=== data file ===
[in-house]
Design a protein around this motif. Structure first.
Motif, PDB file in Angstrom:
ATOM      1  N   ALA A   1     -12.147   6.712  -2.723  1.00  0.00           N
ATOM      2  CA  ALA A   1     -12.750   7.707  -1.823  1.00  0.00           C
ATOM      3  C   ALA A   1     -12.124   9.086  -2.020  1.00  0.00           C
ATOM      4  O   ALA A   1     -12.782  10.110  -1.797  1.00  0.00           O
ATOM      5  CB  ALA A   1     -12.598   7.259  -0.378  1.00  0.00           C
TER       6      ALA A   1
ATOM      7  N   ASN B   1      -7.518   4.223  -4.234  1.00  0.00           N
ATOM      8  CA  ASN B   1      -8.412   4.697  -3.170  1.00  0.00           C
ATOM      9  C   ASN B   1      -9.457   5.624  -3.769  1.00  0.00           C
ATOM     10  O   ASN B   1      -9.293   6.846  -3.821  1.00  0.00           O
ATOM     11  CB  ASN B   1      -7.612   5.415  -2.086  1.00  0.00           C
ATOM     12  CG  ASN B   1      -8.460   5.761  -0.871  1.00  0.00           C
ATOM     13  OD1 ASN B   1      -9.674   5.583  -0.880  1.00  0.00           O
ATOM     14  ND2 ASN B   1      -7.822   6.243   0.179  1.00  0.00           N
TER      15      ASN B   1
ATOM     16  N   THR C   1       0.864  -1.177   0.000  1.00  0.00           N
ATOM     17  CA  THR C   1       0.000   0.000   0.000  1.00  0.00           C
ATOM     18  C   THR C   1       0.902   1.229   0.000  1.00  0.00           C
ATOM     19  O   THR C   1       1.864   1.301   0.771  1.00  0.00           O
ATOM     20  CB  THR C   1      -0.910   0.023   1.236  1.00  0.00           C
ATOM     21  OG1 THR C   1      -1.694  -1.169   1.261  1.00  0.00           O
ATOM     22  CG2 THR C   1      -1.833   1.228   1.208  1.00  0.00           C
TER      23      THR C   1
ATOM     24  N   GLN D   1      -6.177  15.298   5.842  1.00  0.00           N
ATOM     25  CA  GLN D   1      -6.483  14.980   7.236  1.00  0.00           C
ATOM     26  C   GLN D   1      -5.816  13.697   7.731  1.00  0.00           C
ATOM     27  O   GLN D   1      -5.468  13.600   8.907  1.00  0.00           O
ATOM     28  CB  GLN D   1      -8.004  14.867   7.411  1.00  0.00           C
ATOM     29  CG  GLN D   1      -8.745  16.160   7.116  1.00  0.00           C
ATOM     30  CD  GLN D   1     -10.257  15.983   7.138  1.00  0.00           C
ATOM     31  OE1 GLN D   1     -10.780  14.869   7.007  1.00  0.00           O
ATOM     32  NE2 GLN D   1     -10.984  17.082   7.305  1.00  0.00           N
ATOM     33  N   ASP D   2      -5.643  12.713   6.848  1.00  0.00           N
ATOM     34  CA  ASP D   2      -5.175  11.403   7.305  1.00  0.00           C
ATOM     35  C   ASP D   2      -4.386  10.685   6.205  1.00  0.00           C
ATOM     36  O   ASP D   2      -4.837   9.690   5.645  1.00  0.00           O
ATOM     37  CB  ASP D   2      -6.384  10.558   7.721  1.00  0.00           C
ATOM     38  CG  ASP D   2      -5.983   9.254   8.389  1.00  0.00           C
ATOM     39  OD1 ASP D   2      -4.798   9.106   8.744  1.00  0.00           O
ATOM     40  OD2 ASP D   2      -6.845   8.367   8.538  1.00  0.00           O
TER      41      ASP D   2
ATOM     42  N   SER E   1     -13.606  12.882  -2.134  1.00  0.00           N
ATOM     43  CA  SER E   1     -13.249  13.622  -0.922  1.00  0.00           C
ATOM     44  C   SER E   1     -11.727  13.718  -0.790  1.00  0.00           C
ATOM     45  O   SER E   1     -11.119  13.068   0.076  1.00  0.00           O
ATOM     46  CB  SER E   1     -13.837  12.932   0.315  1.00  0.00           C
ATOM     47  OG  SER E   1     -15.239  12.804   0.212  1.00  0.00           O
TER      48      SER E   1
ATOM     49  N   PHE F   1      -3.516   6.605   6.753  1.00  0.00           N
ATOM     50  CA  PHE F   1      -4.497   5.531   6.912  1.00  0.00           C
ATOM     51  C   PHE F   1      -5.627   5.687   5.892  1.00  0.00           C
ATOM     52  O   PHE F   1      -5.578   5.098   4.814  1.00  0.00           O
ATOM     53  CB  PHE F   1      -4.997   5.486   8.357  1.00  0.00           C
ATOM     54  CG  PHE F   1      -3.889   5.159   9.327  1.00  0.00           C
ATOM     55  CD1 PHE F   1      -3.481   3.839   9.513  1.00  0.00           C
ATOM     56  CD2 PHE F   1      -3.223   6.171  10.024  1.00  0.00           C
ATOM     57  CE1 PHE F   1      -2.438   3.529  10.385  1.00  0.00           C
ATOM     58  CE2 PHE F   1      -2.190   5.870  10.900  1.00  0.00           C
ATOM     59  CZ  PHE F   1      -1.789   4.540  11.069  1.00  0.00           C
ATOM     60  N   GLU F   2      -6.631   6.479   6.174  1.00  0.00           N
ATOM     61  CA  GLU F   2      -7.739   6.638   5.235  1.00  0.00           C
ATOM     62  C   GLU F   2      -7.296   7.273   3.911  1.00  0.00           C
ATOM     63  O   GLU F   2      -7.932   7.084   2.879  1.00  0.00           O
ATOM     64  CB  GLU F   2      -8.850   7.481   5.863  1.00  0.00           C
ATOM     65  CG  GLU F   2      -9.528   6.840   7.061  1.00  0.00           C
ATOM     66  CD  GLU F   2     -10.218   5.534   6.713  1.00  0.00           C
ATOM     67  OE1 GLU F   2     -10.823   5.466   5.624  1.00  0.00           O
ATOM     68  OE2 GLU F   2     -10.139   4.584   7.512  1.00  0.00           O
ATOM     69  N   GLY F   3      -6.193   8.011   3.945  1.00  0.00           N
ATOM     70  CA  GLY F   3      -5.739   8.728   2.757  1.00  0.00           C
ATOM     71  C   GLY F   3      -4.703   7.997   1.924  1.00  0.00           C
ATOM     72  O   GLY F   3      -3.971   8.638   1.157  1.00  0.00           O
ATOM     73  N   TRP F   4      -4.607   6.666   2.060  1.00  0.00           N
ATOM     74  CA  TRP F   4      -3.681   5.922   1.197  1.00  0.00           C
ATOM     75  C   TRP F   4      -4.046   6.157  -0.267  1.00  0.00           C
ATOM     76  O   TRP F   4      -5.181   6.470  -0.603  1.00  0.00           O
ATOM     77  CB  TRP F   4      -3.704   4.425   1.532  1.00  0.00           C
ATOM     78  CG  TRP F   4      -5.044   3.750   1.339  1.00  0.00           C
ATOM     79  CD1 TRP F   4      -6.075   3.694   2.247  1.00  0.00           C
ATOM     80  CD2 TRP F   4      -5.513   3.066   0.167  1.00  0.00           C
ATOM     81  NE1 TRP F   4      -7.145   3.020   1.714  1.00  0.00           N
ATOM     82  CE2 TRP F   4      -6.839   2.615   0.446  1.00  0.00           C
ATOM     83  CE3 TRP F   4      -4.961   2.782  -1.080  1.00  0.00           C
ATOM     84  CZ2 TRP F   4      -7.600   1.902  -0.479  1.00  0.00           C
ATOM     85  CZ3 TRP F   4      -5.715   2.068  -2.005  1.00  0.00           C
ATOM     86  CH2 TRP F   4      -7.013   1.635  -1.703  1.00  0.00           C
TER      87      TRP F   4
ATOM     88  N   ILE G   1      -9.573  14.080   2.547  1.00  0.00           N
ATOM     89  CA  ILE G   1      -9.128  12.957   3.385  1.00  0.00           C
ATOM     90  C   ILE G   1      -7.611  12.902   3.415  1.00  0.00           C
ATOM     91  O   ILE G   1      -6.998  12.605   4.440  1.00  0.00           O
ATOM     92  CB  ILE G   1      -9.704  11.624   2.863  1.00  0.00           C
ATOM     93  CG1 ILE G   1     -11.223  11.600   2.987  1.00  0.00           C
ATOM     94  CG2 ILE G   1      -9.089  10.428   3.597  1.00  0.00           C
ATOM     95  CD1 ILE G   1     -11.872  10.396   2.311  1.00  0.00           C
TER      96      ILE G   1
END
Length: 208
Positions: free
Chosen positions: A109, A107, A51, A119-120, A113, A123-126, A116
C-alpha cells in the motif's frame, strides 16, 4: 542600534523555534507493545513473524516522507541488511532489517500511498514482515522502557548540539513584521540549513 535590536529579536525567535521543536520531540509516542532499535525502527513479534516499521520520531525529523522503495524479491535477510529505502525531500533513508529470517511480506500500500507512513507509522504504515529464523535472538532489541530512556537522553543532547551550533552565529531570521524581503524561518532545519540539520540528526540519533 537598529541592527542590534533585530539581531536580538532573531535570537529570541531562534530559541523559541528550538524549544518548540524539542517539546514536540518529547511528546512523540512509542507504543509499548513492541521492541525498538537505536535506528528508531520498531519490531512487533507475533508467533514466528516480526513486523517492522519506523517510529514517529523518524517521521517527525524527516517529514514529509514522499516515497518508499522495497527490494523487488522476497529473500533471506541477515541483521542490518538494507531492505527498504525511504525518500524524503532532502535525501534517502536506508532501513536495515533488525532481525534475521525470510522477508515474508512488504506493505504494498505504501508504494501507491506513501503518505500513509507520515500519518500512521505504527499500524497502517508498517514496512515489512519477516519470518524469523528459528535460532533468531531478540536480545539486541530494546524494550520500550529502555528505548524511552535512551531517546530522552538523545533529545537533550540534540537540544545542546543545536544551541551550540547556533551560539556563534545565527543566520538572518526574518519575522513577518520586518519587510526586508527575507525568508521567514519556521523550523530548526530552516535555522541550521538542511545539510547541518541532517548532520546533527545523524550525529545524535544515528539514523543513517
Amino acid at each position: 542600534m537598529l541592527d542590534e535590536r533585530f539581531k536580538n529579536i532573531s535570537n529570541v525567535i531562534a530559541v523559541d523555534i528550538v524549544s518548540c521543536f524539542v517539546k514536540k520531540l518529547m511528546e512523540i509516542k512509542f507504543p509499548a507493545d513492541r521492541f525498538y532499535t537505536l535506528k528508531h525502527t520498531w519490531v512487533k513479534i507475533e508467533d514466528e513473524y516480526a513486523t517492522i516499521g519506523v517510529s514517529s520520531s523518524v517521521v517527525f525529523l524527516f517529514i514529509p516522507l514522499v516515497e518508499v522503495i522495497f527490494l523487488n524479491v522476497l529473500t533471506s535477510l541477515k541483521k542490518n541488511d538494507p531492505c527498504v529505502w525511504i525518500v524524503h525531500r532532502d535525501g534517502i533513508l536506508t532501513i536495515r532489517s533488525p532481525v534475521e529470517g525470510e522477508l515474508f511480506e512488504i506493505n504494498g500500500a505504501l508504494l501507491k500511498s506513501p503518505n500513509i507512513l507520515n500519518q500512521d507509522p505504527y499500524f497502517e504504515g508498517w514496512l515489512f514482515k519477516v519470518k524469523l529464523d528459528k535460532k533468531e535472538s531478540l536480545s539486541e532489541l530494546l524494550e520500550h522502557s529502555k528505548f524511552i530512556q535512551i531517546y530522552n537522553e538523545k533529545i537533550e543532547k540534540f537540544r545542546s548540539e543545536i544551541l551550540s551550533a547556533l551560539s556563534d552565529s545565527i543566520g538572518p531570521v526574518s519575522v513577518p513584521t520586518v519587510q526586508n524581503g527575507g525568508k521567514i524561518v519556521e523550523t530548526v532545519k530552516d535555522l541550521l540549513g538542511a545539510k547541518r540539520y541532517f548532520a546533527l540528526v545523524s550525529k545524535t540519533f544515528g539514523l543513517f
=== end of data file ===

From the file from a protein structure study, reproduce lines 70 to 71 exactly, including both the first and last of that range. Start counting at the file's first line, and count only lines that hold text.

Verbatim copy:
ATOM     67  OE1 GLU F   2     -10.823   5.466   5.624  1.00  0.00           O
ATOM     68  OE2 GLU F   2     -10.139   4.584   7.512  1.00  0.00           O